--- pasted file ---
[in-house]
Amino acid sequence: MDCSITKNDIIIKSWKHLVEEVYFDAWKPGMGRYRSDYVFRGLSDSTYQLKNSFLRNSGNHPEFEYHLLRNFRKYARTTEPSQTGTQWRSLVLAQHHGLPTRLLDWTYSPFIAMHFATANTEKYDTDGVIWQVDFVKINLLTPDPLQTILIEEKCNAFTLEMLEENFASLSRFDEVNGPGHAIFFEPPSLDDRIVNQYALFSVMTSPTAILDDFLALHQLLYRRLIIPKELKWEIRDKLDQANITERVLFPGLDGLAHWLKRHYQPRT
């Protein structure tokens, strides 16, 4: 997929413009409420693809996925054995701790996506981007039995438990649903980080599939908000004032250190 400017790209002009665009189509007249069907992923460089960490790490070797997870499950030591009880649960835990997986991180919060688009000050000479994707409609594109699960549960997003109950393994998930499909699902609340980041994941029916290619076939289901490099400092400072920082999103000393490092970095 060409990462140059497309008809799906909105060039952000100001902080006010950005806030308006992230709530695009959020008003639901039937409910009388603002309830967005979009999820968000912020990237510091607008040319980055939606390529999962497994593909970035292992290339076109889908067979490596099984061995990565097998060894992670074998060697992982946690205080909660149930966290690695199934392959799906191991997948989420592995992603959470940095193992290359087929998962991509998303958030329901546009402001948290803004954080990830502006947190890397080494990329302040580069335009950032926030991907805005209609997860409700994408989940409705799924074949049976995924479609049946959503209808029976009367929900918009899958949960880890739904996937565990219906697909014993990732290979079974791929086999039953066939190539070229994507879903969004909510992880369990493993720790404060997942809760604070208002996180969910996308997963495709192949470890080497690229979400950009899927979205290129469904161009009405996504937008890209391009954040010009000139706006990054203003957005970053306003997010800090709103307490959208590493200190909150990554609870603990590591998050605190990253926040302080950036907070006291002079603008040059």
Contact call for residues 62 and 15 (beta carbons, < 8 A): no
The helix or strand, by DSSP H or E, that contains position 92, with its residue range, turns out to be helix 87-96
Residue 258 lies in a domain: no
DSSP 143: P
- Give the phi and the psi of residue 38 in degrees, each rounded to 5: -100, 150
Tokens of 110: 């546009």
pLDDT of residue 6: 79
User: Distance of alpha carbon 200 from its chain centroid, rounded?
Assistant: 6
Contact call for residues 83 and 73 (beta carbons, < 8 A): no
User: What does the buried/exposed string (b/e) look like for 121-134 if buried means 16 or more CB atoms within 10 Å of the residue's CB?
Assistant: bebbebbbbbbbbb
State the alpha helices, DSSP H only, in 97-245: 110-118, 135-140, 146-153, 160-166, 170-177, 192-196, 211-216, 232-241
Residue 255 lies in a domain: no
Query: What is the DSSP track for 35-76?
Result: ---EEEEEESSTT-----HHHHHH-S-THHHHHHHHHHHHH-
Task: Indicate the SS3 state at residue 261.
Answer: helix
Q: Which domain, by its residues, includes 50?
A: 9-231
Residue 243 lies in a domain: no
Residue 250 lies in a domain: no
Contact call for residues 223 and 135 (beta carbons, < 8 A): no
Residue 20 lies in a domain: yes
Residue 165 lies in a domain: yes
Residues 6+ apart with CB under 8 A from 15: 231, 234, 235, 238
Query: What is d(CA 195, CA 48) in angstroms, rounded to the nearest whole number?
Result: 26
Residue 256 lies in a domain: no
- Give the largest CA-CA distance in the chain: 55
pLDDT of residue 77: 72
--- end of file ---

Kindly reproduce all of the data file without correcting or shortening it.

[in-house]
Amino acid sequence: MDCSITKNDIIIKSWKHLVEEVYFDAWKPGMGRYRSDYVFRGLSDSTYQLKNSFLRNSGNHPEFEYHLLRNFRKYARTTEPSQTGTQWRSLVLAQHHGLPTRLLDWTYSPFIAMHFATANTEKYDTDGVIWQVDFVKINLLTPDPLQTILIEEKCNAFTLEMLEENFASLSRFDEVNGPGHAIFFEPPSLDDRIVNQYALFSVMTSPTAILDDFLALHQLLYRRLIIPKELKWEIRDKLDQANITERVLFPGLDGLAHWLKRHYQPRT
């Protein structure tokens, strides 16, 4: 997929413009409420693809996925054995701790996506981007039995438990649903980080599939908000004032250190 400017790209002009665009189509007249069907992923460089960490790490070797997870499950030591009880649960835990997986991180919060688009000050000479994707409609594109699960549960997003109950393994998930499909699902609340980041994941029916290619076939289901490099400092400072920082999103000393490092970095 060409990462140059497309008809799906909105060039952000100001902080006010950005806030308006992230709530695009959020008003639901039937409910009388603002309830967005979009999820968000912020990237510091607008040319980055939606390529999962497994593909970035292992290339076109889908067979490596099984061995990565097998060894992670074998060697992982946690205080909660149930966290690695199934392959799906191991997948989420592995992603959470940095193992290359087929998962991509998303958030329901546009402001948290803004954080990830502006947190890397080494990329302040580069335009950032926030991907805005209609997860409700994408989940409705799924074949049976995924479609049946959503209808029976009367929900918009899958949960880890739904996937565990219906697909014993990732290979079974791929086999039953066939190539070229994507879903969004909510992880369990493993720790404060997942809760604070208002996180969910996308997963495709192949470890080497690229979400950009899927979205290129469904161009009405996504937008890209391009954040010009000139706006990054203003957005970053306003997010800090709103307490959208590493200190909150990554609870603990590591998050605190990253926040302080950036907070006291002079603008040059």
Contact call for residues 62 and 15 (beta carbons, < 8 A): no
The helix or strand, by DSSP H or E, that contains position 92, with its residue range, turns out to be helix 87-96
Residue 258 lies in a domain: no
DSSP 143: P
- Give the phi and the psi of residue 38 in degrees, each rounded to 5: -100, 150
Tokens of 110: 């546009």
pLDDT of residue 6: 79
User: Distance of alpha carbon 200 from its chain centroid, rounded?
Assistant: 6
Contact call for residues 83 and 73 (beta carbons, < 8 A): no
User: What does the buried/exposed string (b/e) look like for 121-134 if buried means 16 or more CB atoms within 10 Å of the residue's CB?
Assistant: bebbebbbbbbbbb
State the alpha helices, DSSP H only, in 97-245: 110-118, 135-140, 146-153, 160-166, 170-177, 192-196, 211-216, 232-241
Residue 255 lies in a domain: no
Query: What is the DSSP track for 35-76?
Result: ---EEEEEESSTT-----HHHHHH-S-THHHHHHHHHHHHH-
Task: Indicate the SS3 state at residue 261.
Answer: helix
Q: Which domain, by its residues, includes 50?
A: 9-231
Residue 243 lies in a domain: no
Residue 250 lies in a domain: no
Contact call for residues 223 and 135 (beta carbons, < 8 A): no
Residue 20 lies in a domain: yes
Residue 165 lies in a domain: yes
Residues 6+ apart with CB under 8 A from 15: 231, 234, 235, 238
Query: What is d(CA 195, CA 48) in angstroms, rounded to the nearest whole number?
Result: 26
Residue 256 lies in a domain: no
- Give the largest CA-CA distance in the chain: 55
pLDDT of residue 77: 72